It’s July 1945, Jeremiah’s 19th birthday, and he’s on leave from his unit in the U.S. Signal Corps. The mood is festive in liberated Paris, but Jeremiah feels no joie de vivre. Enter his brother’s wartime girlfriend, and Jeremiah, far from home, feels his sky “falling down.”

Glory Days – Bruce Springsteen (Story 6: Three Strikes)

Lenny, Jeremiah’s older brother, is a baseball nut, the type of kid who knows all the box scores, who can recite the batting averages of the entire New York Yankees lineup. There is no greater glory for him when his beloved Yankees sweep the Series.

Fortunate Son - Creedence Clearwater Revival (Story 7: Gerstler’s Triumpant Return)

At the tail end of the Vietnam War, Jeremiah understands he’s been a chump, “fallible in his raw human need for hope.” His propels himself into action, despite knowing deep down it may thwart one of his dreams.

Mother, Father – Journey (Story 8: Transcendental)

Jeremiah becomes a bit unhinged as his daughter’s wedding approaches. The unlikeliest member of the family – Jeremiah and Molly’s son, Stuart – is dispatched to deal with his father, despite their fractious relationship. The message Stuart is trying to get across to his father are like the lyrics in this song: “Don’t you know that I’m alive for you?”

I Belong to You – Lenny Kravitz (Story 9: Tough Day for LBJ)

Jeremiah is confident his career shift to academia is a good one, but then comments and chatter at the welcome cocktail derail his certainty. The only thing he’s sure of at the end of the story is that Molly is his rock, his grounding.

Don’t You (Forget About Me) – Simple Minds (Story 10: Emeritus)

In “Emeritus” as in other stories once Jeremiah hits his 70s, he’s burdened by the fear that he’s becoming invisible, an “an obstacle in some younger person’s way.” Unrelated to my writing or to this story: as a teenager I was obsessed with The Breakfast Club. I watched it too many times to count and could recite most of the lines by heart. Still can.

Something Just Like This – Coldplay & The Chainsmokers (Story 11: The Dutiful Daughter)

Hannah, Jeremiah’s daughter, is taken by surprise during a trip with her parents when she’s in her forties. She takes in the scenery and the people – the “legends and the myths” – with a sense of wonderment; it’s the first time she understands she’s been searching for “something just like this.”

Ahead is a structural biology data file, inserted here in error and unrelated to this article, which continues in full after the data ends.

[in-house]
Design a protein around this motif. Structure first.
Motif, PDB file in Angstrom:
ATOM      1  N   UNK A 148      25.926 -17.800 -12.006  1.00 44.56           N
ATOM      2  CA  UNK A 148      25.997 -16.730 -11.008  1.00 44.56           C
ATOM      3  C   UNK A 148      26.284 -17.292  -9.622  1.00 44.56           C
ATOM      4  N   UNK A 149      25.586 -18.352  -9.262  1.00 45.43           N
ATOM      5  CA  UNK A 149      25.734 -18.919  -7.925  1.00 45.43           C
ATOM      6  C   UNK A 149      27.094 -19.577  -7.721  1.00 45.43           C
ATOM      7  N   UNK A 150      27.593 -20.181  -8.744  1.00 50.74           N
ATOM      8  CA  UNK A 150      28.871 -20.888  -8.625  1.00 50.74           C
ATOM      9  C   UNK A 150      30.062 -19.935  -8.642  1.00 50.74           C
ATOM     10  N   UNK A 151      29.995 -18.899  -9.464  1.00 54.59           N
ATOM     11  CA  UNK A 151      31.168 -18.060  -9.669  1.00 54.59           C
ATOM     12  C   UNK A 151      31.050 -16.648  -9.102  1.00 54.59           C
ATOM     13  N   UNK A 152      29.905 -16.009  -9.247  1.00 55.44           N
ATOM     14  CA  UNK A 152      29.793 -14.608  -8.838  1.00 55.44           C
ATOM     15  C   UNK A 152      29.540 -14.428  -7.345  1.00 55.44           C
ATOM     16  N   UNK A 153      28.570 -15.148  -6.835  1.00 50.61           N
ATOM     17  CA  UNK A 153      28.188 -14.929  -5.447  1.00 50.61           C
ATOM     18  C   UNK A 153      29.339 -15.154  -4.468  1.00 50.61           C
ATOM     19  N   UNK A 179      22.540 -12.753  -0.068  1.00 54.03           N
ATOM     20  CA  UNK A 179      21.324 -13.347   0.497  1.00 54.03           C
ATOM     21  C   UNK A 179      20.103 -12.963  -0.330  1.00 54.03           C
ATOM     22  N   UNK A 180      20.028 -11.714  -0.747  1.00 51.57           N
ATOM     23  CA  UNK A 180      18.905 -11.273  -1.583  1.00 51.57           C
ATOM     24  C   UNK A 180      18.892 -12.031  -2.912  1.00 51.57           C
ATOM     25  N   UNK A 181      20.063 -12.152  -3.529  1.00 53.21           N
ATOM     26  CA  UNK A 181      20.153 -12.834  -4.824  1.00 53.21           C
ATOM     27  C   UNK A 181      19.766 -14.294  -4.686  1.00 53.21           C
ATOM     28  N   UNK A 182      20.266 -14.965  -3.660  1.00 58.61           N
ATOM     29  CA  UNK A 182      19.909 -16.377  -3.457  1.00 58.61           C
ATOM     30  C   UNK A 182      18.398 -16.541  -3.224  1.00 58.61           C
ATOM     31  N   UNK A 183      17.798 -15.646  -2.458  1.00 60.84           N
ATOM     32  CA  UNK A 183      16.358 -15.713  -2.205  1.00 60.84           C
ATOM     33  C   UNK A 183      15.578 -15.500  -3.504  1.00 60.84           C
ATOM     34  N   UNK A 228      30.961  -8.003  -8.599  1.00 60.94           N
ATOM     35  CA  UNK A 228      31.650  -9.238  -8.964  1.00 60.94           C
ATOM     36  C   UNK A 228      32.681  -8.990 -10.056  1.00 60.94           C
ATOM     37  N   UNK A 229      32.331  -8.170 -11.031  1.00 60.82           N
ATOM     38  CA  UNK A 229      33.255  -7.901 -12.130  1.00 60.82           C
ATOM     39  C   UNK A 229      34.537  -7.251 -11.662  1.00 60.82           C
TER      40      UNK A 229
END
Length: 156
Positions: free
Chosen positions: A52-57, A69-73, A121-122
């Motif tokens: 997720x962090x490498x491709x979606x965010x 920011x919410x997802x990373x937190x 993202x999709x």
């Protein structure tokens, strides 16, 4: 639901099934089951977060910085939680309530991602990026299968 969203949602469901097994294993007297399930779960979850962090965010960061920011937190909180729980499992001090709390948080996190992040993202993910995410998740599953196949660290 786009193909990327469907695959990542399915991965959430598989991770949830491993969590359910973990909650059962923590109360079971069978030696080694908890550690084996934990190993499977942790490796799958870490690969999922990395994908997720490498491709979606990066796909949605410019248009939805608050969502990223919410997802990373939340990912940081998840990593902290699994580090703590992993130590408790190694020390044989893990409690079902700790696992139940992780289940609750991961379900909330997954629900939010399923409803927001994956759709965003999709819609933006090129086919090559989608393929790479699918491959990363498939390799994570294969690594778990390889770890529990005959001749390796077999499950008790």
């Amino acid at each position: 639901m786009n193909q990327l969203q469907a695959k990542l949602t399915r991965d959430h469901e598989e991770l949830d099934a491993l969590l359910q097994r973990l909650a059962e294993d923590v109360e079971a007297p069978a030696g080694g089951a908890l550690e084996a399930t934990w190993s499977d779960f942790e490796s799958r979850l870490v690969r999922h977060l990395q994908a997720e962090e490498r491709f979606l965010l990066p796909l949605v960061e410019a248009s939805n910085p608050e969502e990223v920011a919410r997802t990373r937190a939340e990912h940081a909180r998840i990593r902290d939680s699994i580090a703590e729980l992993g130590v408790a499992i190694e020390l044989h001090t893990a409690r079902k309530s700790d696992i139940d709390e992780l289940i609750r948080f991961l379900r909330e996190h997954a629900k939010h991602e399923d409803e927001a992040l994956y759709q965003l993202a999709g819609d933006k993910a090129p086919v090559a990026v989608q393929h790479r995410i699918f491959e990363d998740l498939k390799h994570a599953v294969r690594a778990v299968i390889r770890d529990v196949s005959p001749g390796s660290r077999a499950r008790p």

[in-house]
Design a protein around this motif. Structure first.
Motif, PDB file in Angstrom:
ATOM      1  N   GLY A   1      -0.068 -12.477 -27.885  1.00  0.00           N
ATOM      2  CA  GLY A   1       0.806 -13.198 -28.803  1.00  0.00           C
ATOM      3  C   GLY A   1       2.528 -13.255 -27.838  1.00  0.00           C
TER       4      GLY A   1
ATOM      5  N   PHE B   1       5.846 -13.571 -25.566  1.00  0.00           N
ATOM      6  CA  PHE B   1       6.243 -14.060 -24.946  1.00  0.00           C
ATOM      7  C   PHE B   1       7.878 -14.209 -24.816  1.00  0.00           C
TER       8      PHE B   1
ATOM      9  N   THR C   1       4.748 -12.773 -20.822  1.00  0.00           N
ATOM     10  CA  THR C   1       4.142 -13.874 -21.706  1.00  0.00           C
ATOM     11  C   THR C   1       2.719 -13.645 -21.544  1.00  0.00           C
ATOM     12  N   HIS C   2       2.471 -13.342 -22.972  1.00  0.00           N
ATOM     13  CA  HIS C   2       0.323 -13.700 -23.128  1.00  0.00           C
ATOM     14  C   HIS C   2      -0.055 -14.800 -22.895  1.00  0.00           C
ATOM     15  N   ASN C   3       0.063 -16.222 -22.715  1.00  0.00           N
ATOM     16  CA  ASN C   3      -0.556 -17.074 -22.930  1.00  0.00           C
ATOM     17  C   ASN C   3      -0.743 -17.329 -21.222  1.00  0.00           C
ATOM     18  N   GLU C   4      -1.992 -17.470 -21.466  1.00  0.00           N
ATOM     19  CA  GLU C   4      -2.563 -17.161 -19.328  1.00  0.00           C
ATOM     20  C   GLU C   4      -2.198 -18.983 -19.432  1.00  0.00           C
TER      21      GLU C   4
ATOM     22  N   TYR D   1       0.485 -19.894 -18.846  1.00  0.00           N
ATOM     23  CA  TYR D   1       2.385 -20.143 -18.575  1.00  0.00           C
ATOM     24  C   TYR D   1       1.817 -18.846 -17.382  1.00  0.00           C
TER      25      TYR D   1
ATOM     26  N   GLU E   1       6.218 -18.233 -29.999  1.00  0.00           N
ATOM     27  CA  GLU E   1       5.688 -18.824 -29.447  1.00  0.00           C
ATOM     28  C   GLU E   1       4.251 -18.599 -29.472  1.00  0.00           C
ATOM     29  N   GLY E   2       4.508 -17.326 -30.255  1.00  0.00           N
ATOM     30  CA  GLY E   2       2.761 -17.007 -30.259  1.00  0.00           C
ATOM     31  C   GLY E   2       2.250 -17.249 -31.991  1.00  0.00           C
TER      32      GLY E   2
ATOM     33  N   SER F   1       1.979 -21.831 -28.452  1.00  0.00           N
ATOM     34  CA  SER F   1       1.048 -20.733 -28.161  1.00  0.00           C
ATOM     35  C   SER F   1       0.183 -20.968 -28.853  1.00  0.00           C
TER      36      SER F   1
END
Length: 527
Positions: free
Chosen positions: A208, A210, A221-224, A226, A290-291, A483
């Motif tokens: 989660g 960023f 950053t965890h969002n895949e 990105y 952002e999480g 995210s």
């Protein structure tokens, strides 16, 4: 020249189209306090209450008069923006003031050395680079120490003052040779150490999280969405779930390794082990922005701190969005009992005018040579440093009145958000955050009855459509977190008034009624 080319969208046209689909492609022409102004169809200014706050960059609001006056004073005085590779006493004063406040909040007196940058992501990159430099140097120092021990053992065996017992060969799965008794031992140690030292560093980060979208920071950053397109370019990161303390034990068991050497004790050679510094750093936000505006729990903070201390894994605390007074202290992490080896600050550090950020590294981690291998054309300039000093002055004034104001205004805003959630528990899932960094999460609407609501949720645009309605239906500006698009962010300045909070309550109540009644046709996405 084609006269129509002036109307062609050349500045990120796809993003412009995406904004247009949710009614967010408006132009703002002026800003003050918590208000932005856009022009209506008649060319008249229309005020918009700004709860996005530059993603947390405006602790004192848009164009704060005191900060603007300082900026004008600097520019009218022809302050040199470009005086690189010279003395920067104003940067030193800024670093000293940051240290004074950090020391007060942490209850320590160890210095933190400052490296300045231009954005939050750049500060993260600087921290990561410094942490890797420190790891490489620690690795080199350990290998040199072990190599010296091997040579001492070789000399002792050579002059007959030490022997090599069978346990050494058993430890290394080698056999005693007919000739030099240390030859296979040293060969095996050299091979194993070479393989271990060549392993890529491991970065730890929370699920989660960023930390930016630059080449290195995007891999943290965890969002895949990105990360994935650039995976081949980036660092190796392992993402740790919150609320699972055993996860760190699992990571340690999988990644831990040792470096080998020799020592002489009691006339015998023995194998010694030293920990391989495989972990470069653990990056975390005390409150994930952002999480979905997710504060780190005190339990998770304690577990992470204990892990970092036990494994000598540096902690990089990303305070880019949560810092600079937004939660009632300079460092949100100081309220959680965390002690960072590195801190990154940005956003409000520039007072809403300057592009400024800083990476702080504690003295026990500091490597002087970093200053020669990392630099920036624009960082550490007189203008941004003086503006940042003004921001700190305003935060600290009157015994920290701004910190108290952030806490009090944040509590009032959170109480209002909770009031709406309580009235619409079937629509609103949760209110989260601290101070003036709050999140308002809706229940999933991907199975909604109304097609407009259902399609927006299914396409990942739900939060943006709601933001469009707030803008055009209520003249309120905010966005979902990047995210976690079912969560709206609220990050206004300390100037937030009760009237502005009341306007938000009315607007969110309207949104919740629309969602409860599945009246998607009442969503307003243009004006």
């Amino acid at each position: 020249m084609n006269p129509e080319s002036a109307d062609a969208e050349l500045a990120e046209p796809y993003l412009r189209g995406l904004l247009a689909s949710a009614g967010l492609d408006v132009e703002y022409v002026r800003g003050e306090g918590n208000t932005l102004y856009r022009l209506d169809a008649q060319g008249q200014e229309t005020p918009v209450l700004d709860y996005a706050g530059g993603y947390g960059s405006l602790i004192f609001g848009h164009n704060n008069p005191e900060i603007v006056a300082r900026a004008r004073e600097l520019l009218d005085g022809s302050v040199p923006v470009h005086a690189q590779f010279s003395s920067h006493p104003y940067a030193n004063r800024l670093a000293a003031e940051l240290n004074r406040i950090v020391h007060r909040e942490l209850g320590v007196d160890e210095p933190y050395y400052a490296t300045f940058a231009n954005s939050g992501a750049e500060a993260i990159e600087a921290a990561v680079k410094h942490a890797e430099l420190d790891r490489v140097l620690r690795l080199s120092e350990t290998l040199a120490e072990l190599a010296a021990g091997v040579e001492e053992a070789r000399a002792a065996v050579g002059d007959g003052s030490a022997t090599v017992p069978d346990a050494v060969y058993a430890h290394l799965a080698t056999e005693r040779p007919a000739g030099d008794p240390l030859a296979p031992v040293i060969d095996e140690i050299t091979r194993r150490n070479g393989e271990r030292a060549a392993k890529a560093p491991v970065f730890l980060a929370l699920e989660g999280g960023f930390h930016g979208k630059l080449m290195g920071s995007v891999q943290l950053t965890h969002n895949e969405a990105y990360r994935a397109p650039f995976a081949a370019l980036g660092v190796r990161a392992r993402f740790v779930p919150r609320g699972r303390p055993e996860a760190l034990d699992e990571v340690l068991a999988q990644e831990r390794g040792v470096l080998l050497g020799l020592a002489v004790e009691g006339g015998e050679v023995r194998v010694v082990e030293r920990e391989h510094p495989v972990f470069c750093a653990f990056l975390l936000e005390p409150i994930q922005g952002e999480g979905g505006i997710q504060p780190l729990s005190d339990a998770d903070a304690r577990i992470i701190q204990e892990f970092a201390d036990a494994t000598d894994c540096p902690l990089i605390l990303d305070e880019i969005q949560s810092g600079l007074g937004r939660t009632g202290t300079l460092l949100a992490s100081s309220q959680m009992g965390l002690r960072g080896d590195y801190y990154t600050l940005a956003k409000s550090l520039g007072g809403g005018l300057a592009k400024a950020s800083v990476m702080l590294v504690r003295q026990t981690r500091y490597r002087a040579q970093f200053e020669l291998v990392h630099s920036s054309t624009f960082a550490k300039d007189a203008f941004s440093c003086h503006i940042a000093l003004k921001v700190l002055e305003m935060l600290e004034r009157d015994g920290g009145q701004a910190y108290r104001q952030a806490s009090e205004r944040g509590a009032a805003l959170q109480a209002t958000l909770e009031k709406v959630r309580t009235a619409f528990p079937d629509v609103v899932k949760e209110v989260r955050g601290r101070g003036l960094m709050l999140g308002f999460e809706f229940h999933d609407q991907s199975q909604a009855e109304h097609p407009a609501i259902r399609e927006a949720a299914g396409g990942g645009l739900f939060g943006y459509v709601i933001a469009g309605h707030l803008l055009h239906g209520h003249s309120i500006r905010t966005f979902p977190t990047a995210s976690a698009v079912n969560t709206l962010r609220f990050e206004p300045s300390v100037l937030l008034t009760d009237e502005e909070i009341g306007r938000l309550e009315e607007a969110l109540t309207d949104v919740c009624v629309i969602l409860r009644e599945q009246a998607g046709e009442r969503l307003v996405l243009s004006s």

Romeo and Juliet – Dire Straits (Story 12: Awakening)

In “Awakening,” Jeremiah and Molly go through a major crisis, causing Jeremiah to realize he’s been a lovestruck Romeo for most of their relationship. All he does is miss her and the way they used to be.

One – U2 (Story 13: MixMaster)

MixMaster is the final story in the collection, though it’s the one I wrote first. The lyrics in One mirror much of what Jeremiah is feeling in the final story of the collection. Has he “come here for forgiveness?” or “come to raise the dead?” At 82, he’s still full of life, holding fast to his belief that “love is a temple, love is a higher law.”


Julie Zuckerman and The Book of Jeremiah links:

the author's website
excerpt from the book

Deborah Kalb interview with the author
Fiction Writers Review interview with the author
The Lit Pub interview with the author
Monkeybicycle essay by the author


also at Largehearted Boy:

Support the Largehearted Boy website

Book Notes (2015 - ) (authors create music playlists for their book)
Book Notes (2012 - 2014) (authors create music playlists for their book)
Book Notes (2005 - 2011) (authors create music playlists for their book)
my 11 favorite Book Notes playlist essays

Antiheroines (interviews with up and coming female comics artists)
Atomic Books Comics Preview (weekly comics highlights)
guest book reviews
Librairie Drawn & Quarterly Books of the Week (recommended new books, magazines, and comics)
musician/author interviews
Note Books (musicians discuss literature)
Short Cuts (writers pair a song with their short story or essay)
Shorties (daily music, literature, and pop culture links)
Soundtracked (composers and directors discuss their film's soundtracks)
weekly music release lists


July 10, 2019